They were the twin saviours of Brazilian football, two angels named Gabriel who were set to take the Selecao to heaven and back with their scoring prowess.
Gabriel Barbosa – better known as ‘Gabigol’ – and Gabriel Jesus had grown up on different sides of Sao Paulo’s fierce football divide, with Santos and Palmeiras respectively, but both were tipped for stardom when in 2016 moves to two of Europe’s most prestigious clubs beckoned.
Indeed, many experts thought Gabigol would fare better at Inter than Jesus at Manchester City, at least at first. A year older than his fellow Olympic Games gold medallist, the Santos wonderkid arrived in Italy with 150 competitive games under his belt and more than 50 goals, as well as four Brazil caps in which he had hit the target twice.
By comparison, Jesus had a mere 80 games behind him when, six months after Gabigol’s transfer in January 2017, he completed his move to the Etihad Stadium. But while the teenager made an instant impact on English football, scoring seven times in 10 Premier League outings to quickly become a fan favourite at the Etihad, his friend was sinking without a trace at Inter.
Even allowing for the scant first-team opportunities he received at San Siro, his time at San Siro was a catastrophe. Forced to effectively serve as Mauro Icardi’s understudy because of a rigid system with only one central attacking role, Gabigol made just nine substitute appearances for the Nerazzurri and had to wait until February for his first and only goal in Inter colours, the winning strike in a 1-0 win at Bologna.
A season-long spell on loan at Benfica in 2017-18 proved even more disastrous. Once again frozen out of the first team, he made just five appearances before the Portuguese giants cut short his deal.
Gabriel was forced to make a humbling return to Santos in January 2018, the club he had bid farewell to a mere 18 months earlier in order to conquer the world.
Even back at his old stamping ground, it took time to shed the cobwebs. Gabriel was no longer the star attraction: 17-year-old Rodrygo was now taking all the plaudits.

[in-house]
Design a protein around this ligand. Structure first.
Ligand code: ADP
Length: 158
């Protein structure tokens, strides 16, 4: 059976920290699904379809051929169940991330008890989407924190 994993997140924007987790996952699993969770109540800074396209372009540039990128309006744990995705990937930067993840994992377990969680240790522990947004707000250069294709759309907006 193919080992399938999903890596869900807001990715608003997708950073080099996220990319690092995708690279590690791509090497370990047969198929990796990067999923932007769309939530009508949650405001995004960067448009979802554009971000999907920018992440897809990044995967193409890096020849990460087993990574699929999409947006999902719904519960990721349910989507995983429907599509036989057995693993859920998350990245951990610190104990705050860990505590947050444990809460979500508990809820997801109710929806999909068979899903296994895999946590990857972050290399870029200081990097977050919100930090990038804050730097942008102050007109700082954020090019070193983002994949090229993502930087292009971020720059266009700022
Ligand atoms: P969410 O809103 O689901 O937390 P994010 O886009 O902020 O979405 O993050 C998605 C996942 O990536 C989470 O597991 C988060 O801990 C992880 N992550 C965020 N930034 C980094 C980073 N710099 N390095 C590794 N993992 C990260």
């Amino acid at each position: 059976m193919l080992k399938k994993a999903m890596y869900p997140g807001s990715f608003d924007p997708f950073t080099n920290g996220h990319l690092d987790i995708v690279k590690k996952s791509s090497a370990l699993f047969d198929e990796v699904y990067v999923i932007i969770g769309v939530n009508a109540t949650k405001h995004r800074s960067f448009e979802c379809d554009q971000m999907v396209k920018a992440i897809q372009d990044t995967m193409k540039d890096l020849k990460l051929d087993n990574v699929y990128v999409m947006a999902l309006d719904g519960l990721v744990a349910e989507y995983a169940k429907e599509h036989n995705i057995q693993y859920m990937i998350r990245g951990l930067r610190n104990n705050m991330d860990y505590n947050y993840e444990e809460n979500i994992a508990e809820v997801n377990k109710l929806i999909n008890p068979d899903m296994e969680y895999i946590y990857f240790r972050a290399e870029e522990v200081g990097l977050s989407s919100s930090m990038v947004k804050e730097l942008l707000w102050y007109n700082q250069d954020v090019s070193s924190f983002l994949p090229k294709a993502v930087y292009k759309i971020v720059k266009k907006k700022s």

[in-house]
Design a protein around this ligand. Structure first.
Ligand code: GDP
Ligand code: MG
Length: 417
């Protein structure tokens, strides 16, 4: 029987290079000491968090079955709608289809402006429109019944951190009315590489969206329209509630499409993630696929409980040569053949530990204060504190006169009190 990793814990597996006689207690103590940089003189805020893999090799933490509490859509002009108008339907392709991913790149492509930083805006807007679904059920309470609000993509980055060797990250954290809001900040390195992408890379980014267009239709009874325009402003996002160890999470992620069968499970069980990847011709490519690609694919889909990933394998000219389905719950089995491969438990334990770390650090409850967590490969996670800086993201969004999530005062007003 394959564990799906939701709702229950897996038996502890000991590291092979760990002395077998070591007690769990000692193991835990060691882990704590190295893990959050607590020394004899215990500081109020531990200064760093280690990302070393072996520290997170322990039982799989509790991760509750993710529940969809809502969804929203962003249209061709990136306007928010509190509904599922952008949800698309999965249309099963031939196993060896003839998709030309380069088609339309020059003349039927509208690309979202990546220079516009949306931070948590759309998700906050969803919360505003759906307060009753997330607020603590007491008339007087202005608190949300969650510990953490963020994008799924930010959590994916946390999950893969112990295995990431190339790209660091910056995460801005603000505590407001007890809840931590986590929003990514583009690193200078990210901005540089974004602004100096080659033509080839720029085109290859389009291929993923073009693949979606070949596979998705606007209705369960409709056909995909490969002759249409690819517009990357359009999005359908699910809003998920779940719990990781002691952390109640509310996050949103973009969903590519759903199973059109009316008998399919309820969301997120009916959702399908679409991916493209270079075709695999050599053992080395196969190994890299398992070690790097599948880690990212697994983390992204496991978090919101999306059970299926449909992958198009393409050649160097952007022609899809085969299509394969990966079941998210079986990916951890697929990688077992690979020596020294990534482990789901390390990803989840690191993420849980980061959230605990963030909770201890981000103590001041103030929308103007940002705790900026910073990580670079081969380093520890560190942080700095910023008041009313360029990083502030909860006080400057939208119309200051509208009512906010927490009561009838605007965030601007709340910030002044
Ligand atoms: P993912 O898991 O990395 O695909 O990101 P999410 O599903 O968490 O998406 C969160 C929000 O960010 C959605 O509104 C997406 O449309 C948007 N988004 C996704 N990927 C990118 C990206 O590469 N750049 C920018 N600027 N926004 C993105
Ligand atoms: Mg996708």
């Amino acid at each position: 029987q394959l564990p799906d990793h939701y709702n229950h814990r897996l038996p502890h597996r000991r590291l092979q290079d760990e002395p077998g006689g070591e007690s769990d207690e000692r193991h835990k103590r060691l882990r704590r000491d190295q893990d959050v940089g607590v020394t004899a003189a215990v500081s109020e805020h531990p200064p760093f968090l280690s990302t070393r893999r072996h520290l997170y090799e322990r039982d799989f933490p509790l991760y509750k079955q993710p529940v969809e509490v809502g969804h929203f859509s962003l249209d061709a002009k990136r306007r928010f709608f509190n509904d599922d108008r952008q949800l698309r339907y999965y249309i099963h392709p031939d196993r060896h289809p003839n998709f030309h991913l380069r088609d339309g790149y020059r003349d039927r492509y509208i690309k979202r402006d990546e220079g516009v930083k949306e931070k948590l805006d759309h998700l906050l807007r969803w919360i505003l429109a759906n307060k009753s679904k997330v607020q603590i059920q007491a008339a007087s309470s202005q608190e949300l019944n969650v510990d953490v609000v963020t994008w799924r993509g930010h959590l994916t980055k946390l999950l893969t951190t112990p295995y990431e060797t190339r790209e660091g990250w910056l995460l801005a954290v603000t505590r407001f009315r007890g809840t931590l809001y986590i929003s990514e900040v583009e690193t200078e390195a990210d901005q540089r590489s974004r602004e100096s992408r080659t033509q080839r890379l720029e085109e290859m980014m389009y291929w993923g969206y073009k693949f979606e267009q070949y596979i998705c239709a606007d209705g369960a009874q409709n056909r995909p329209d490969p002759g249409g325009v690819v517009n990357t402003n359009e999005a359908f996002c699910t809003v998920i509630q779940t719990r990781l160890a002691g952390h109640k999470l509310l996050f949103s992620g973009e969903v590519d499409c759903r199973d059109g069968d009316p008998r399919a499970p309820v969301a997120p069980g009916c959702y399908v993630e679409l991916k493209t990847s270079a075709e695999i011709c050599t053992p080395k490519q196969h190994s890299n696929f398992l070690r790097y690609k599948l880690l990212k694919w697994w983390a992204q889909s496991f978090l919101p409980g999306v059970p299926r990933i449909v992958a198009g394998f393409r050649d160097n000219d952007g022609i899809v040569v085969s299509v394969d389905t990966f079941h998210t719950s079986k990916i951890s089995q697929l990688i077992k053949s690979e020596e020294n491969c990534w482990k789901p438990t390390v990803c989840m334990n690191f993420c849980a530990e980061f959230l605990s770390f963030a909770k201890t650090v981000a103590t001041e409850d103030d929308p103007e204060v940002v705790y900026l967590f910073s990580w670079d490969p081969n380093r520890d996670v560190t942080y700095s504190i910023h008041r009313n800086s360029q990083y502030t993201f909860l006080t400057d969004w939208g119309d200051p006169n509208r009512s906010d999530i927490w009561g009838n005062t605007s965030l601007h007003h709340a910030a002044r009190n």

But Gabriel kept his head down and kept plugging away. While his first 20 games of the 2018 Serie A yielded just seven goals, leaving Santos languishing around the relegation zone, his next 13 outings have seen him hit the net 10 times.
With his scoring touch and confidence back, the forward has contributed consistency and goals to an otherwise mixed Santos campaign as Rodrygo has naturally struggled to produce his best on a week-in, week-out basis.
Gabigol leads the Serie A scoring rankings with 17 goals and a strong finish to 2018 could yet see Santos push their way into unlikely contention for a Libertadores spot once again.
Perhaps not surprisingly for a young man who since his early teens has been told that he is destined for greatness, it was Gabigol’s attitude that caused friction at Inter. Frank de Boer was left bitterly disappointed with the experience of coaching the aspiring superstar.
“He thought he was still in Brazil and would walk rather than run,” the Dutchman stated.
“He wanted to receive the ball without running into space. He didn’t understand that he had to train hard. It’s no coincidence that with me he practically never played for Inter.
“The potential is there to be a fantastic player, as he has a great left foot, but European football is not the same as in Brazil. I hope he can learn that soon; otherwise it’ll be a loss for Brazilian football too.”
For his part, Gabriel has no regrets over his time at Inter, to whom he is slated to return at the start of 2019 if Santos or another club do not come in with a suitable bid.
“They are a great team and I was very well received,” he said to Marca in October. “Things did not go as I wanted but I have a lot of affection for everyone there, the fans and the players.
“Perhaps my adaptation was not ideal but I was able to learn the language, I made a lot of friends in Italy and I love Milan.
“But the team was not doing well at that time and the coach preferred to use players with more experience and not take a gamble. But I learned a lot, picked up experience and I hope they do well this year.”
Who knows, then, what the future for Gabigol will hold? His prospects at Inter look distinctly unpromising: as well as the immovable Icardi, current boss Luciano Spalletti has added Argentina hotshot Lautaro Martinez to his ranks, pushing the Brazilian further down the pecking order.
Santos, meanwhile, are frank about their prodigal son’s future, admitting that they would struggle to pay the €20 million Inter would demand to make a permanent move happen.
Encouraged by Rodrygo’s imminent move to Real Madrid, Spain is a possible destination for Gabigol too: “I would love to play in La Liga. If I get the chance one day I would be very happy.”
The end of the year will surely bring more clarity on that next step for Brazil’s forgotten wonderkid.
For now, though, he is thoroughly enjoying his return to form at Vila Belmiro, proving that even if his first European adventure ended in ignominy he still has the talent – and, at 22, more than enough time – for another chance at stardom across the Atlantic.